A lot of what’s involved in the analysis of neuromechanics depend on the kinematics and dynamics of movement, the patterns of feedback (both motor and sensory) during movement, and both the synaptic and circuit organization of the brain responsible for motor control.

Some experts in the field do research on the mechanical stretch of cells, shear deformation of cell cultures (planar) and three-dimensional cell matrices. To understand all this can lead to the creation of more accurate functioning models.

Further research on neuromechanics can improve on treatment for patients suffering from physiological diseases or injuries. The future of neuroengineering, especially in this particular sub-field seems to be nothing but exciting indeed.

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Dr. Curtis Cripe is a neuroengineer who heads the Research and Development department of NTL group. Discover more about Dr. Cripe by following this Facebook page.

Wednesday, February 15, 2017

Misconceptions About Children With ADHD

A study conducted in 2005 found that four per cent of American adults have attention deficit hyperactivity disorder, or ADHD. However, even with this number indicating the widespread nature of the condition, several misconceptions exist. Here are some of the mistaken beliefs society has on children with ADHD, and ADHD itself.

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It’s not a real disorder.

Some people question whether or not ADHD is real. And yes, it is. It has been discovered that there is a strong biological component attached to ADHD. Studies have shown children with ADHD have gene variations that other children do not.

Children can outgrow ADHD.

ADHD doesn’t disappear as kids grow up. The symptoms simply evolve. Even if they seem less hyperactive, adults who were once children with ADHD would have difficulty completing everyday tasks, especially ones that are boring. These adults always feel a restlessness within, and an itch, wanting to be always on the move.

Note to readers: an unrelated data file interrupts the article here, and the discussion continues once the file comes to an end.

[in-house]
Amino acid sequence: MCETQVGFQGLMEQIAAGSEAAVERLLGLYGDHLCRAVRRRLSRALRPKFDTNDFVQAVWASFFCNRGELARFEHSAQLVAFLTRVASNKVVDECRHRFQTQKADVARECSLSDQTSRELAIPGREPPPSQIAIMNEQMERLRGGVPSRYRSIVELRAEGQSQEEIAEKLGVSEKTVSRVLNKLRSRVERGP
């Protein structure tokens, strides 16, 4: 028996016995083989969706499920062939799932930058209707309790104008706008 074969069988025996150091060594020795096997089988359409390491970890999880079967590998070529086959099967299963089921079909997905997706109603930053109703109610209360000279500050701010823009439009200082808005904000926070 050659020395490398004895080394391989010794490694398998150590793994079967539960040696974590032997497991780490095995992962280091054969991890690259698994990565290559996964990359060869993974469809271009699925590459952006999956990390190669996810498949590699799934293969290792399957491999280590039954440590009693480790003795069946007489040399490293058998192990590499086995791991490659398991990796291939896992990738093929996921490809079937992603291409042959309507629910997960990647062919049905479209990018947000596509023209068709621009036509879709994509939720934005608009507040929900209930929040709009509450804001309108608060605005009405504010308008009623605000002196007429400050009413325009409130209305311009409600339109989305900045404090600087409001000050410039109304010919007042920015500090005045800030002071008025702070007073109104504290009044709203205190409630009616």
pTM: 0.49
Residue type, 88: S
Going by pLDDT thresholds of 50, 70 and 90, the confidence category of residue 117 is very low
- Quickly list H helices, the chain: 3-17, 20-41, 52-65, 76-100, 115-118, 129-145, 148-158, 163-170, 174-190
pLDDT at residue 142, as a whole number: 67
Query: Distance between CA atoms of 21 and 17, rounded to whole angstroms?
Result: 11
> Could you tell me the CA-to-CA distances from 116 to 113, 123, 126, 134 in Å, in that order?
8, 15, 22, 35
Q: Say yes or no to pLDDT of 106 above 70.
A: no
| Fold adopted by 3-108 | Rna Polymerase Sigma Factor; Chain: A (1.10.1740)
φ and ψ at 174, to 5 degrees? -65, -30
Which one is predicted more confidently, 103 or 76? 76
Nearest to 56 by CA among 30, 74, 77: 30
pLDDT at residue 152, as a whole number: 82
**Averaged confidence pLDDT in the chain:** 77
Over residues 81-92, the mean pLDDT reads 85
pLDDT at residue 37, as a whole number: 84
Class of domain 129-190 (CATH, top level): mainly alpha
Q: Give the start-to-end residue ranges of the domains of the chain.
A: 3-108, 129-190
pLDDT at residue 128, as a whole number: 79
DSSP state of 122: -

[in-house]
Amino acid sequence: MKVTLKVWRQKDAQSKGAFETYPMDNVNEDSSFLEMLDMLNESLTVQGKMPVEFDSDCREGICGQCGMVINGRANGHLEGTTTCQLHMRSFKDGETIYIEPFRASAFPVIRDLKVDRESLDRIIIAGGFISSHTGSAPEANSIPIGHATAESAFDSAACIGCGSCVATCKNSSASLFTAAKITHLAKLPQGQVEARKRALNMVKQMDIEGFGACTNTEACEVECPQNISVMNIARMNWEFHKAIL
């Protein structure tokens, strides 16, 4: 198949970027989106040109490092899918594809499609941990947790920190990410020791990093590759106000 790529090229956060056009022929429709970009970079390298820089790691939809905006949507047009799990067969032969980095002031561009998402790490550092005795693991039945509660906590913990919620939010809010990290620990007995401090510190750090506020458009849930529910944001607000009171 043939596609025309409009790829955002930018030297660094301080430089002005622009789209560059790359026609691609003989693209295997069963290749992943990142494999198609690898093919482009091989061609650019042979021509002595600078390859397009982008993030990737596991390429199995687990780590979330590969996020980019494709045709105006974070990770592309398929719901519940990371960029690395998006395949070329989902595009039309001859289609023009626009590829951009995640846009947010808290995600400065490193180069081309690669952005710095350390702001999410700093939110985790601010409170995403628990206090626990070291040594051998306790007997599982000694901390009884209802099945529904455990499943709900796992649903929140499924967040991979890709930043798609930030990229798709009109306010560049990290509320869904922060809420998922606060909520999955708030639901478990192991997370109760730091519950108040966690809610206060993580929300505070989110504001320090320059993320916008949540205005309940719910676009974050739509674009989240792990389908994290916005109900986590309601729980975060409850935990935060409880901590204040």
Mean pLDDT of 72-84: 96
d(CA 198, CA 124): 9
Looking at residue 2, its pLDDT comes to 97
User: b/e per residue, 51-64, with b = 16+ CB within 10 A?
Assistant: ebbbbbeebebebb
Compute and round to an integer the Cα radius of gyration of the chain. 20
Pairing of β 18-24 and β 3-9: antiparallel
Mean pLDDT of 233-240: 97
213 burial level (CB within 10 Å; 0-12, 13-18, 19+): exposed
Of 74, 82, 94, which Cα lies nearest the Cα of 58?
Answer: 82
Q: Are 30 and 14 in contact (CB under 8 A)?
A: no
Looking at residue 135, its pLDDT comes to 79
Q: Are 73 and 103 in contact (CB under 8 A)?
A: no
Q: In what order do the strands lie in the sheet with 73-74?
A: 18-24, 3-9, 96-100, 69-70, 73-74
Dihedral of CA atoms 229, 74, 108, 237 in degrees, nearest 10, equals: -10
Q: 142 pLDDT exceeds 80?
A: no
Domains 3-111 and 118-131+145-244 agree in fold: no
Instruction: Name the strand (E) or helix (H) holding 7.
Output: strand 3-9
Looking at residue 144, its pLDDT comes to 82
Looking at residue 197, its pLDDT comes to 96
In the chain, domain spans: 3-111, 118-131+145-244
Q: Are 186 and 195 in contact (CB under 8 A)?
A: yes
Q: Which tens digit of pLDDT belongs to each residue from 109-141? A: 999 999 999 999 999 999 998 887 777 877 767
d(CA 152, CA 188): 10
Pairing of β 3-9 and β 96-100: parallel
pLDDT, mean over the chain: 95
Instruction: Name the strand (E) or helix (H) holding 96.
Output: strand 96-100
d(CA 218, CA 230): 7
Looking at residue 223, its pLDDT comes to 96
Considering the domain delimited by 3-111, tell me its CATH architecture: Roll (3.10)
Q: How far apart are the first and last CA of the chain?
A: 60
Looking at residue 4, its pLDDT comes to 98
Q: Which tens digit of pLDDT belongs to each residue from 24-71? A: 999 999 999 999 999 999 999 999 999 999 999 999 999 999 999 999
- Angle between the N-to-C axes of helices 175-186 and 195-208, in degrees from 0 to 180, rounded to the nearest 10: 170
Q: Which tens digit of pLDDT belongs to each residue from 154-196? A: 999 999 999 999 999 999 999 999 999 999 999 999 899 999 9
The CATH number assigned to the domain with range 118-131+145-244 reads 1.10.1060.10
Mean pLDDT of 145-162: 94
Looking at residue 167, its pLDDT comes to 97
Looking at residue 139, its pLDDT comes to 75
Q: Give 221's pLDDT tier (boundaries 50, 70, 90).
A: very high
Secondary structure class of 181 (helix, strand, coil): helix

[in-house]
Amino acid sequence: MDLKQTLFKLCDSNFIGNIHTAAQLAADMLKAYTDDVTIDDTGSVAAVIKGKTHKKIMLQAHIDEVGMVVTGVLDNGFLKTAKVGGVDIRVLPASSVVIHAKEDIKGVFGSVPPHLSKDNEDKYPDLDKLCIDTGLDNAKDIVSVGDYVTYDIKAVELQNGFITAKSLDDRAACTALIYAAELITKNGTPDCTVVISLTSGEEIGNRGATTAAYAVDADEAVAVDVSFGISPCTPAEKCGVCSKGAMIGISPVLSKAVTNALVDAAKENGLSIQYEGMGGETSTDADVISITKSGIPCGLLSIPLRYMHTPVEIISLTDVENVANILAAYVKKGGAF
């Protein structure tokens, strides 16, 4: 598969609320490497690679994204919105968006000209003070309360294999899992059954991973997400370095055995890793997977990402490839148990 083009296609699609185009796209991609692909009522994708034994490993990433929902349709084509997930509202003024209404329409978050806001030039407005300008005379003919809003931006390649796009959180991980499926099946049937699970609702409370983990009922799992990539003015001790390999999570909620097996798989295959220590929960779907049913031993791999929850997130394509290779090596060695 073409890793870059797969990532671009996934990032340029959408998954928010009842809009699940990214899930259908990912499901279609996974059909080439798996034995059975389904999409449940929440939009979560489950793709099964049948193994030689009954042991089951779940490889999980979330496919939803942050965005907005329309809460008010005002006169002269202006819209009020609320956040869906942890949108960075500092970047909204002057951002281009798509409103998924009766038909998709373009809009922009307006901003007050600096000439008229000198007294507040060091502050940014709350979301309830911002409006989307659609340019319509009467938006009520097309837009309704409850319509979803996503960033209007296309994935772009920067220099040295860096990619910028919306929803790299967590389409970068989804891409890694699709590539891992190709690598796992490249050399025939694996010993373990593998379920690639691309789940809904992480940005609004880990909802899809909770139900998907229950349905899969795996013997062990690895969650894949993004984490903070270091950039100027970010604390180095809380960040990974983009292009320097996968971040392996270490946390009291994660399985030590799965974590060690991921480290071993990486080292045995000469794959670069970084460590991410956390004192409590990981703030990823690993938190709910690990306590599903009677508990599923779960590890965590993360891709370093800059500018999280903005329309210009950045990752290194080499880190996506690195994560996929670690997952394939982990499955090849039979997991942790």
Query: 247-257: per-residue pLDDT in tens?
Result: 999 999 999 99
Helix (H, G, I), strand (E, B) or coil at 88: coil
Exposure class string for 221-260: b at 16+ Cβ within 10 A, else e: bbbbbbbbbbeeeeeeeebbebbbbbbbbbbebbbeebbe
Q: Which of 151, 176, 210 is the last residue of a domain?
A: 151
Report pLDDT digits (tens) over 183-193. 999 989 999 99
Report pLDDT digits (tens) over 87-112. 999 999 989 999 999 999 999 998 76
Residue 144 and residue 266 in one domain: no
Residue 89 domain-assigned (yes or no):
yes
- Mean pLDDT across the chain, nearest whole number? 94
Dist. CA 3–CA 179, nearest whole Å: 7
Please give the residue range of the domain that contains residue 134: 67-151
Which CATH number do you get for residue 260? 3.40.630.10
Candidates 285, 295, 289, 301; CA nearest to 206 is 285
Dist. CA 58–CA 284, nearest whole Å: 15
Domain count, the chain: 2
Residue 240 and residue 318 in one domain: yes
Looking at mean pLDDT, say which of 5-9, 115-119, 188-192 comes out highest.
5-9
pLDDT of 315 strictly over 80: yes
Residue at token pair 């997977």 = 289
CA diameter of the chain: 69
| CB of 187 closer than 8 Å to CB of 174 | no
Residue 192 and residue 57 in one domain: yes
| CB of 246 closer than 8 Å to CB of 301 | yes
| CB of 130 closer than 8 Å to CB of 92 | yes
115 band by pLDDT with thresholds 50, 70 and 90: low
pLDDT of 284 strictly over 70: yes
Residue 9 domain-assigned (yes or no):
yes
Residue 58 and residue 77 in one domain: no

ADHD medicine is addictive.

Studies have found this to be false. In fact, the opposite was discovered. Patients with ADHD who take stimulant medication are much less likely to develop a substance addiction compared to those who don’t take the meds.

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Everyone has ADHD.

Sure, everyone feels restless at one point or another. People have this feeling of easily getting bored, distracted, and overwhelmed. Much of this can be attributed to technology, not genetics. A person with ADHD gets distracted a lot more often, and the consequences are much steeper.

Dr. Curtis Cripe is a neuroengineer with a background that includes child neurodevelopment, among other disciplines. He is also the head of the Research and Development department of the NTL group. For more on Dr. Cripe and his work, follow this Facebook page.

Tuesday, January 10, 2017

The Neuroscience Behind Sleep Paralysis

Sleep paralysis is more often than not, a terrifying phenomenon wherein people wake up in the middle of the night and find themselves unable to move. They are, of course, conscious and aware. It has led many to believe that the worst is actually happening. People who experience sleep paralysis feel like they’re tied up, or have an intruder laying on top of them. Many, unsurprisingly, fall into panic and imagine the unimaginable, including the supernatural. The science behind it though debunks all theories of ghosts, spirits, and things that go bump in the night.

Image source: learning-mind.com
This phenomenon can be understood more when people look at REM atonia, which is a paralysis that happens when people reach the part of sleep called REM or rapid eye movement. Sleep paralysis occurs as one falls asleep or as one awakens.

Sleep paralysis that happens when falling asleep causes the person to be aware of the body shutting down and preparing itself for REM. This is what researchers refer to as hypnagogic or predormital sleep paralysis. But when the person wakes up in the middle of REM, it’s called hypnopompic or postdormital.

Image source: collective-evolution.com
Sleep paralysis usually lasts a minute or two, although (and naturally) to some people it may seem much longer.

Dr. Curtis Cripe is a neuroengineer with a background in several disciplines. Dr. Cripe currently leads the research and development department of NTL Group. Learn more about Dr. Cripe and the work that he does by subscribing to this Twitter account.